04/26/2013Location: Brown's Farm Trail Time: 2:30 PM to 3:30 PM Fee Information: Free Contact Name: Catoctin Mountain Park Contact Phone Number: 301-663-9388
Catoctin Mountain Park will designate the Brown's Farm Trail in Owens Creek Picnic Area as part of the Kids in Parks program originally developed by the Blue Ridge Parkway Foundation at 2:30 p.m. on Friday, April 26.
The entire 4th grade class from Westminster Elementary School, Westminster, Maryland will participate in the ribbon-cutting. They will hike the new trail in the afternoon as part of a day in the park where they will learn about wetlands and water quality at the Owens Creek Picnic Area. The field trip and hike are examples of the environmental education partnership between Catoctin Mountain Park and area schools.
The Kids in Parks program has been installing a network of kid-friendly hiking trails, called TRACK Trails, along the Blue Ridge Parkway since 2009. The program's initial success and replicability has gained national attention leading to the program's growth beyond the Blue Ridge Parkway corridor.
Jason Urroz, Director of Kids in Parks, is excited to partner with the National Park Service's National Capital Region Parks on their Healthy Parks, Healthy People DC project. "The network of TRACK Trails we have formed in the region will continue to grow, giving kids and families from the area multiple options to get outdoors, get "unplugged" and get connected to the resources, special places and national history that make this region so wonderful."
"Blue Cross and Blue Shield of North Carolina Foundation is honored to support such an innovative and important initiative as it expands beyond North Carolina to our nation's capital", says Jennifer MacDougall, senior program officer with BCBSNC Foundation. "Catoctin Mountain Park Superintendent Mel Poole welcomes the partnership between the National Park Service and the health care industry, "Support from the Blue Cross and Blue Shield Foundation of North Carolina is an important first step towards broad recognition of National Parks as natural places for healthy activities and place-based learning laboratories."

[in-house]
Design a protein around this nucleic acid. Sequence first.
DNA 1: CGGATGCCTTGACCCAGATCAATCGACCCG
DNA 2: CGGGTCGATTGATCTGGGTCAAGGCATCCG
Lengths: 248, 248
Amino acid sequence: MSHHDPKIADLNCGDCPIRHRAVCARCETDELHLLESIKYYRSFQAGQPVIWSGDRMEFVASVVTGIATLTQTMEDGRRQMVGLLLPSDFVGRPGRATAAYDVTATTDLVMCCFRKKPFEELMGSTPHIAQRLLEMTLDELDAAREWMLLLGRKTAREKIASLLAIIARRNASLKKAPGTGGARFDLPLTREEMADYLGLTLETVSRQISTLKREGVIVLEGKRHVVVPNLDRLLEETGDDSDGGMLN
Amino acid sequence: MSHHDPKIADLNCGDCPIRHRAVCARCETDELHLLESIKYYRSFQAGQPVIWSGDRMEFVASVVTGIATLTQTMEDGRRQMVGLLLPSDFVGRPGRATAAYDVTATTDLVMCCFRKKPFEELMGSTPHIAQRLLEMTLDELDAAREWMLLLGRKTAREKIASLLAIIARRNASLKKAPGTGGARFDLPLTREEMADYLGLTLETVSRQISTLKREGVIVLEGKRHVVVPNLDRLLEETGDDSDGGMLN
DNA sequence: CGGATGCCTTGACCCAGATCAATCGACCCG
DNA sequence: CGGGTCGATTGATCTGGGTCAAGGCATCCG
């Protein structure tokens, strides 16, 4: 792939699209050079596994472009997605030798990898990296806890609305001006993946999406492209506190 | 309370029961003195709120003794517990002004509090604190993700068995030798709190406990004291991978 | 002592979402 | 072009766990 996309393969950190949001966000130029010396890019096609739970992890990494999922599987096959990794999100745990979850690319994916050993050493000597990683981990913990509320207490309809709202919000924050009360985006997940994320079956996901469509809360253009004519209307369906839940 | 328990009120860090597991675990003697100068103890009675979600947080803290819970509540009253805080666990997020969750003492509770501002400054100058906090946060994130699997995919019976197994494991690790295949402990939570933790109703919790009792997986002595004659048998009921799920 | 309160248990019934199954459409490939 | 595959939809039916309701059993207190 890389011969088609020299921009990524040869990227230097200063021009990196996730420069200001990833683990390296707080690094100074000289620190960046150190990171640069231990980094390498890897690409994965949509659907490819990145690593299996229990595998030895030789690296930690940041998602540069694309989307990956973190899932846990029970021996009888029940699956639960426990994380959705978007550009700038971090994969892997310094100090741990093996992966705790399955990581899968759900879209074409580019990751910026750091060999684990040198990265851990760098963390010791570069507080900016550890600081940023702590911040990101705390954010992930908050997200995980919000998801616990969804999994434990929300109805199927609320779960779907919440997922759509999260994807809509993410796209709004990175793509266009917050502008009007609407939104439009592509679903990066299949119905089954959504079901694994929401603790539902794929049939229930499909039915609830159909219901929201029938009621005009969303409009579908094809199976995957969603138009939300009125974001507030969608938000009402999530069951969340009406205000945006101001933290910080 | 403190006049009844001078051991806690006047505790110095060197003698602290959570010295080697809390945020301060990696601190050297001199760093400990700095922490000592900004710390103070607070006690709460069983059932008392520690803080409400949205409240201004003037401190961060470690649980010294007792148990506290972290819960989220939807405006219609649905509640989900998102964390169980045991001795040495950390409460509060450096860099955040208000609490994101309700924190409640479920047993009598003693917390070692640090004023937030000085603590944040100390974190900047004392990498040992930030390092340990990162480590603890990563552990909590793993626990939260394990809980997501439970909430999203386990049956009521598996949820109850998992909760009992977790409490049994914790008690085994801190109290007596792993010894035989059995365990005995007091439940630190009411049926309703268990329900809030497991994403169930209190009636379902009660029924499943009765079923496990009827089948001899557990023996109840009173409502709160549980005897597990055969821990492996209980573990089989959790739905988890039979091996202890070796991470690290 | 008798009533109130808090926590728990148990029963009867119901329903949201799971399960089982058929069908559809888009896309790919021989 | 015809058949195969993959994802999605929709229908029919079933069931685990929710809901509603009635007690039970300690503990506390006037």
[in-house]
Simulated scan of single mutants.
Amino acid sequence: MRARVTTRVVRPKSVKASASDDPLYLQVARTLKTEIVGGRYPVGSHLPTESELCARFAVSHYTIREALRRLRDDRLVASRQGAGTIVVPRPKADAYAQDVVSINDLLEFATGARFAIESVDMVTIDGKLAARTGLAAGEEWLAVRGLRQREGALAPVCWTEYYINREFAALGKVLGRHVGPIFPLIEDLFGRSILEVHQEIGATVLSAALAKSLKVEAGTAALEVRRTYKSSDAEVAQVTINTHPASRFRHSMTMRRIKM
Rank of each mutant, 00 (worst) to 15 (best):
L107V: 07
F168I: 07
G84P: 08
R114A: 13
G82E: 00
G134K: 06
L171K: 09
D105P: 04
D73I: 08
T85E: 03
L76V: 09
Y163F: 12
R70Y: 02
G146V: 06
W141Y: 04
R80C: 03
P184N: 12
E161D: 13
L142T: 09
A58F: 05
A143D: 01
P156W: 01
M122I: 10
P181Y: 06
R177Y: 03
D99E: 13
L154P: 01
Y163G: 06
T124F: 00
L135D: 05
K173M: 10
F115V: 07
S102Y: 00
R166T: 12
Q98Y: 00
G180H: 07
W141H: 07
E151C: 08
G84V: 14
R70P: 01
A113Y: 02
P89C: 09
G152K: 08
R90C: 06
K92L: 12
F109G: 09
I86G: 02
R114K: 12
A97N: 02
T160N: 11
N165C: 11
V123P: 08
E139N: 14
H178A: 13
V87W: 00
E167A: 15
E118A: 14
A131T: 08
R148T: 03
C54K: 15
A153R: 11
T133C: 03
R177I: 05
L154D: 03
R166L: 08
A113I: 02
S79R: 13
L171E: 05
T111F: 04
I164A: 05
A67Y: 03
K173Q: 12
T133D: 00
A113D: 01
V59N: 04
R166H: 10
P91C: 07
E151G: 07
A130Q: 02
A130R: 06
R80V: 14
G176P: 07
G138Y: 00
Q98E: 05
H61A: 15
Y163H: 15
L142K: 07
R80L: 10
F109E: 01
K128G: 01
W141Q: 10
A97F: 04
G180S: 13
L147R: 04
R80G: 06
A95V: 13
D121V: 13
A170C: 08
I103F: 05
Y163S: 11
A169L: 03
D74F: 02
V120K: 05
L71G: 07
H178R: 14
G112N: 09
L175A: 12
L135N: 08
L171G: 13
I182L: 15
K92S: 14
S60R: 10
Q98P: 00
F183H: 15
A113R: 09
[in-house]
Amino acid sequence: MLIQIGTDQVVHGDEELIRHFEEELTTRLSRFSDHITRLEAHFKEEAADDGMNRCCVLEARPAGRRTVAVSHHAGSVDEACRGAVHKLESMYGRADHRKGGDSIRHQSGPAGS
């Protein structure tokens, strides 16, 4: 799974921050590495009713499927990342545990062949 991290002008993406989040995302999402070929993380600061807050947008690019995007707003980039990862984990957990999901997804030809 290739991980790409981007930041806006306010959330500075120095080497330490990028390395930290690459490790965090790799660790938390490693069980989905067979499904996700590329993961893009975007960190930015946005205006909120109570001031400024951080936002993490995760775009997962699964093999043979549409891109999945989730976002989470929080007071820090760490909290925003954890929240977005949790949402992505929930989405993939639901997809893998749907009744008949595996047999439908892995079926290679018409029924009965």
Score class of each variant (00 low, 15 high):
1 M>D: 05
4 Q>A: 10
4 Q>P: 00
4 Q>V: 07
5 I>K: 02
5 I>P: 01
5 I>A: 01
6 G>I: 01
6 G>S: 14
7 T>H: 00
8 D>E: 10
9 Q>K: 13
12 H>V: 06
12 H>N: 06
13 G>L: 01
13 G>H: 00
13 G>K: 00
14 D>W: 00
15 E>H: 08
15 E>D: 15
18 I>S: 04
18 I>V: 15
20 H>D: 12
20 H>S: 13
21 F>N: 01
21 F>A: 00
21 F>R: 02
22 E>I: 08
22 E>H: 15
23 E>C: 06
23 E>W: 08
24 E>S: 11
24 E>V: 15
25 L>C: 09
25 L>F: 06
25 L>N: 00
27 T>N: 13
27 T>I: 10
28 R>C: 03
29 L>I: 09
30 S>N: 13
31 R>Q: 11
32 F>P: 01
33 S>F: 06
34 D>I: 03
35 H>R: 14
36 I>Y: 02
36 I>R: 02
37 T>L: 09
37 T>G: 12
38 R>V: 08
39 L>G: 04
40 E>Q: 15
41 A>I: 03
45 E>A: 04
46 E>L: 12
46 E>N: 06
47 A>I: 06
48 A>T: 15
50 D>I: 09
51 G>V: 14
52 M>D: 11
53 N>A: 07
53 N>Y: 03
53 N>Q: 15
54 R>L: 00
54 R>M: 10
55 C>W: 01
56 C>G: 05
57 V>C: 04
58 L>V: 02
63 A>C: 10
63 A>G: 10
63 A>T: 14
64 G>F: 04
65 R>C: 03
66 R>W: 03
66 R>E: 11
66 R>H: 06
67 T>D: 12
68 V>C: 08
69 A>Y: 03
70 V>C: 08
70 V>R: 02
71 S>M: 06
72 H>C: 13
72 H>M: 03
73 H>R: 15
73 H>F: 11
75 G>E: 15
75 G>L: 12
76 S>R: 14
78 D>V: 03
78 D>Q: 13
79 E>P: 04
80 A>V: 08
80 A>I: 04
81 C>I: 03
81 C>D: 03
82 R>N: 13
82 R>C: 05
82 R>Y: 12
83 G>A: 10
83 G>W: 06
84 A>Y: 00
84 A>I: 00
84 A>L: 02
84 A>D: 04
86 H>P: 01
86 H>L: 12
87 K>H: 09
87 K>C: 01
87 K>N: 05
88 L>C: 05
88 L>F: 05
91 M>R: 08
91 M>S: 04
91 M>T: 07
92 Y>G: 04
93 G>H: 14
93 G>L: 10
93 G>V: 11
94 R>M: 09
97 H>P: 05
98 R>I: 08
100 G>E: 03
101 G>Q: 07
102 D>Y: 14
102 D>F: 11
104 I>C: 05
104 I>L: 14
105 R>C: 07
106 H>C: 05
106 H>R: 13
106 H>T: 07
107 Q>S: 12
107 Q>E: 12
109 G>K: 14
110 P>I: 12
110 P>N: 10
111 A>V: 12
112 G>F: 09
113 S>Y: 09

Over the next few years, the National Park Service, and partners like Kids in Parks, will continue to make progress in the fight against childhood obesity and nature deficit disorder by expanding opportunities for kids and families to get outdoors and active in our parks and public lands; by continuing to move the "Park Prescriptions" program forward, encouraging pediatricians across the country to begin prescribing parks and outdoor activity to kids; and by continuing to install TRACK Trails in National Parks and other partnering land management agencies across the county.
For more information about the Kids in Parks program's TRACK Trails in the Washington, DC region, or for more information about the program in general, please visit their webpage @ www.kidsinparks.com.